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Celebrating World Ranger Day

What does it mean to be a ranger? Well, according to Google, a ‘ranger’ is a keeper of a park, forest, or area of countryside. By this definition, much of what we loosely refer to as a ‘ranger’ would be correct.

Celebrating World Ranger Day
Photographs © Victoria Craddock

As field guides, we are often faced with a case of mistaken identity. Strictly speaking, a field guide is a person who leads and guides people into an environment that has aspects of a natural area, whereas the term ‘game ranger’ refers to people whose central work is the conservation management of a specific area. Since the work of a field guide often overlaps with tasks that are typically ascribed to a ranger, the term has been colloquially adopted by us, the field guides.

Regardless of how you choose to define a ‘ranger’, today is devoted to celebrating those who are custodians of the natural world. In EcoTraining camps, we experience various types of rangers. In celebration let’s highlight the various rangers in our community.

APU teams

Anti-poaching teams are rangers that risk a lot to protect the wild spaces of the world. At EcoTraining, the APU’s that we interact with the most frequently are the Black Mambas.

The Black Mambas are a unique group of rangers who have devoted themselves to the protection of wild spaces and the wildlife within these spaces. As an unarmed, all-women team, they are pioneers of their task.

Having had the privilege of accompanying Sergeant Felicia Mogakane and Supervisor Collet Ngobeni on a border patrol one morning earlier this year, I was filled with a new appreciation for the work that these rangers do. In the time since the conception of the Black Mambas Anti-Poaching Unit, poaching in the Balule area has been reduced by 60%!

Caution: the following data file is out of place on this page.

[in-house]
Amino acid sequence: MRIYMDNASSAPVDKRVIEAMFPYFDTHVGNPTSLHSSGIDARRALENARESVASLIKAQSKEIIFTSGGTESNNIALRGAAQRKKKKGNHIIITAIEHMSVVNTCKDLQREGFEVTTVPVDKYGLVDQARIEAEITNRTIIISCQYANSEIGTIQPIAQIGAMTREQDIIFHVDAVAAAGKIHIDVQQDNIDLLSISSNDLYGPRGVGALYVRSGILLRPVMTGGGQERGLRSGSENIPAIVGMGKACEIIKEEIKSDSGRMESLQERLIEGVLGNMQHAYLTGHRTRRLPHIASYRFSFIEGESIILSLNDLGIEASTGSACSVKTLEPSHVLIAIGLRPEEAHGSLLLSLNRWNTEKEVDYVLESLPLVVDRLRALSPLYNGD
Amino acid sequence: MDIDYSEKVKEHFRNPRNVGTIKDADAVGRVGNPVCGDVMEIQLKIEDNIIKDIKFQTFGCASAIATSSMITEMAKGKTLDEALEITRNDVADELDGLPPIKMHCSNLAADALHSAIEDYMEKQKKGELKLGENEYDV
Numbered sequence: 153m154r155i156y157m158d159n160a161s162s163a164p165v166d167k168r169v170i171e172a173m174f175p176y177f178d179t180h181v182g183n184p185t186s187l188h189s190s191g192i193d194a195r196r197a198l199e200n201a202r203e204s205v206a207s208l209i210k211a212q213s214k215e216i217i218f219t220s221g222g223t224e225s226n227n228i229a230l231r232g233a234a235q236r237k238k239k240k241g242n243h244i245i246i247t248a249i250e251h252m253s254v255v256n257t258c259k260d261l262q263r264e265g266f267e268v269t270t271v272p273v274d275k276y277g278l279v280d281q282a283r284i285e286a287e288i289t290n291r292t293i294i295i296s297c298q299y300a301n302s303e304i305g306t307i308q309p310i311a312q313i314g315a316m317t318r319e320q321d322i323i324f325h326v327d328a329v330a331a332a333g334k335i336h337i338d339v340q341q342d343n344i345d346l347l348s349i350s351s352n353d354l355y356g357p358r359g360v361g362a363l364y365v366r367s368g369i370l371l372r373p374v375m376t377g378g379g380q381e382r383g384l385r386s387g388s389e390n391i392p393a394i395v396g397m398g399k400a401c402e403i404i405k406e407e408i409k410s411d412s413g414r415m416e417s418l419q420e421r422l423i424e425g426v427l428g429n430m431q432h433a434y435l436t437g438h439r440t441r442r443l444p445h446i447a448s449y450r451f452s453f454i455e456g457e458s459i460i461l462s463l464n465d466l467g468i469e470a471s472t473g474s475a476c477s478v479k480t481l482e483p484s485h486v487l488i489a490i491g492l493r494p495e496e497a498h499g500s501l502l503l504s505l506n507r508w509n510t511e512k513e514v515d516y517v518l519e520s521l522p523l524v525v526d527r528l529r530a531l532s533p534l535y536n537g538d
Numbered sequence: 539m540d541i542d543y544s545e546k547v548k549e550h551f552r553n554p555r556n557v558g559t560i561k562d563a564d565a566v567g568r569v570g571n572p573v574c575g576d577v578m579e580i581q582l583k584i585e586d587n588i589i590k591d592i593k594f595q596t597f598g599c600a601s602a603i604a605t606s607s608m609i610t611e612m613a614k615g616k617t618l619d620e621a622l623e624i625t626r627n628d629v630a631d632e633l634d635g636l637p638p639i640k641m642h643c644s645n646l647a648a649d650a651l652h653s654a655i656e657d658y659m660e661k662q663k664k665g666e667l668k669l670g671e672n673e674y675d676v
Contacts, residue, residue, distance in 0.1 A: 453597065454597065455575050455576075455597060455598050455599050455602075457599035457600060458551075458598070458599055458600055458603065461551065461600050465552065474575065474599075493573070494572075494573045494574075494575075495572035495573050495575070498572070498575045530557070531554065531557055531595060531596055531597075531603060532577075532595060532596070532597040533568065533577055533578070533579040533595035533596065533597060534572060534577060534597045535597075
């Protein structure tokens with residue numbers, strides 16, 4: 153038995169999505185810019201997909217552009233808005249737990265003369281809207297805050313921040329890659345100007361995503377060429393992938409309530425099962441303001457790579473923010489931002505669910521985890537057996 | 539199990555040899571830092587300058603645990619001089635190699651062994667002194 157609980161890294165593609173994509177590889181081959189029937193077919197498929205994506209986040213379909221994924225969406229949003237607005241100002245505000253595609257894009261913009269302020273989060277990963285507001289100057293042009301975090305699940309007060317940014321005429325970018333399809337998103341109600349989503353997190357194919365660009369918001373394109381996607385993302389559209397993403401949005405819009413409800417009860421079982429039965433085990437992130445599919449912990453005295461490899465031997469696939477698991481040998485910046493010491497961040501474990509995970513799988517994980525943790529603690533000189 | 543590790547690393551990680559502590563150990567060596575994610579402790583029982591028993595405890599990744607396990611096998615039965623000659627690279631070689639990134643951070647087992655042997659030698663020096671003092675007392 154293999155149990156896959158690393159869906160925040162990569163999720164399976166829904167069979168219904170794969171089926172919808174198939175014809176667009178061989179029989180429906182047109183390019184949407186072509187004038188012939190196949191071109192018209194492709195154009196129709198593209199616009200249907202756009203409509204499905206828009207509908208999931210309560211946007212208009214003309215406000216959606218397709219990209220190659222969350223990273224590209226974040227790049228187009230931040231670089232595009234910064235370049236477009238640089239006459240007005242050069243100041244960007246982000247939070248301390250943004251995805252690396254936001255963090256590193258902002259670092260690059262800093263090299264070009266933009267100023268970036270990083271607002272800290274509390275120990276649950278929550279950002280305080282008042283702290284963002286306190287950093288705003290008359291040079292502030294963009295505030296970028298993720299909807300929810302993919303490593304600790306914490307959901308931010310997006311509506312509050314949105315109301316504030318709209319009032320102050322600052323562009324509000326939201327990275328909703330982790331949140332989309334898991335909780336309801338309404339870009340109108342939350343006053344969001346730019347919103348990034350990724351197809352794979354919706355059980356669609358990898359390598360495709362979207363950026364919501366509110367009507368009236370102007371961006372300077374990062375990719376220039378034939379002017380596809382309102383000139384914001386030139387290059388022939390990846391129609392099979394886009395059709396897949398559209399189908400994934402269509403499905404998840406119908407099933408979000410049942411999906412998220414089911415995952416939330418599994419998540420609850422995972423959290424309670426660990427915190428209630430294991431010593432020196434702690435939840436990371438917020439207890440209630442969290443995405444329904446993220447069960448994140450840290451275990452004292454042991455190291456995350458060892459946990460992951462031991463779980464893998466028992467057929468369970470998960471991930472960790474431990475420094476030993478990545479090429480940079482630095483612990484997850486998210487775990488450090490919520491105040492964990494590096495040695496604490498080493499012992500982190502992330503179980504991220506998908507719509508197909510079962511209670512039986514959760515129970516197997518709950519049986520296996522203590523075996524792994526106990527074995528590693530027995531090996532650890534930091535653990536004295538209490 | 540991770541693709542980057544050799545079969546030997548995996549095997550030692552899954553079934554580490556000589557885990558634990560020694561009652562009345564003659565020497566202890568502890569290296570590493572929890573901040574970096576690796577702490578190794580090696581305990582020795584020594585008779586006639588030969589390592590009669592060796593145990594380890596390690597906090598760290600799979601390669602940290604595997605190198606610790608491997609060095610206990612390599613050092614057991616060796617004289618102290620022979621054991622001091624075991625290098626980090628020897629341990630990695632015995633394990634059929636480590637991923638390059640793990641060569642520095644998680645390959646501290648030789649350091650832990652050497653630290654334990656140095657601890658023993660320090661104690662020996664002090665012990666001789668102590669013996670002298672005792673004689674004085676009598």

Celebrating World Ranger Day
Photographs © Victoria Craddock

Instructors

Of course, as a training provider, EcoTraining would not be the institution it is without its expert guides that devote their time and energy to training future guides.

Part of the richness of learning and training with EcoTraining is the wealth of knowledge and wisdom imparted to students by the various instructors. Having high caliber, passionate guides as trainers is a privilege that inspires newly qualified guides to enter the profession with confidence, pride and an awareness of the responsibility carried  in the title ‘Field Guide’ or ‘Ranger’.

Guides and Rangers in Training

As part of the Ranger Day celebrations, it is important to acknowledge those who have taken the bold leap in choosing to pursue this life as a career.

It can be a difficult and challenging lifestyle, and alien to relatives and loved ones. They may find it hard to understand why we’ve chosen this life. We’ve chosen it because we are passionate about our role as guardians of the earth and the plants, insects, and wildlife that inhabit it.

Happy World Ranger Day, rangers!

The Black Mambas Anti-Poaching Unit

EcoTraining interviews two remarkable women of the Black Mambas; Nkatego Mzimba, and Bongani Masingi. They share with us their expectations and experience while being on course with EcoTraining. Their journey is one that many can relate to; and how it’s contributing to the way they perceive and interpret nature, animals, and sounds.

Would you like to support the Black Mambas? You are welcome to visit their website and make a donation: https://www.blackmambas.org/donate.html

About the Author: 

Victoria Craddock is a past Apprentice Field Guide student of EcoTraining and a freelance Blogger.

About the Author:
Picture of Victoria Craddock

Victoria Craddock

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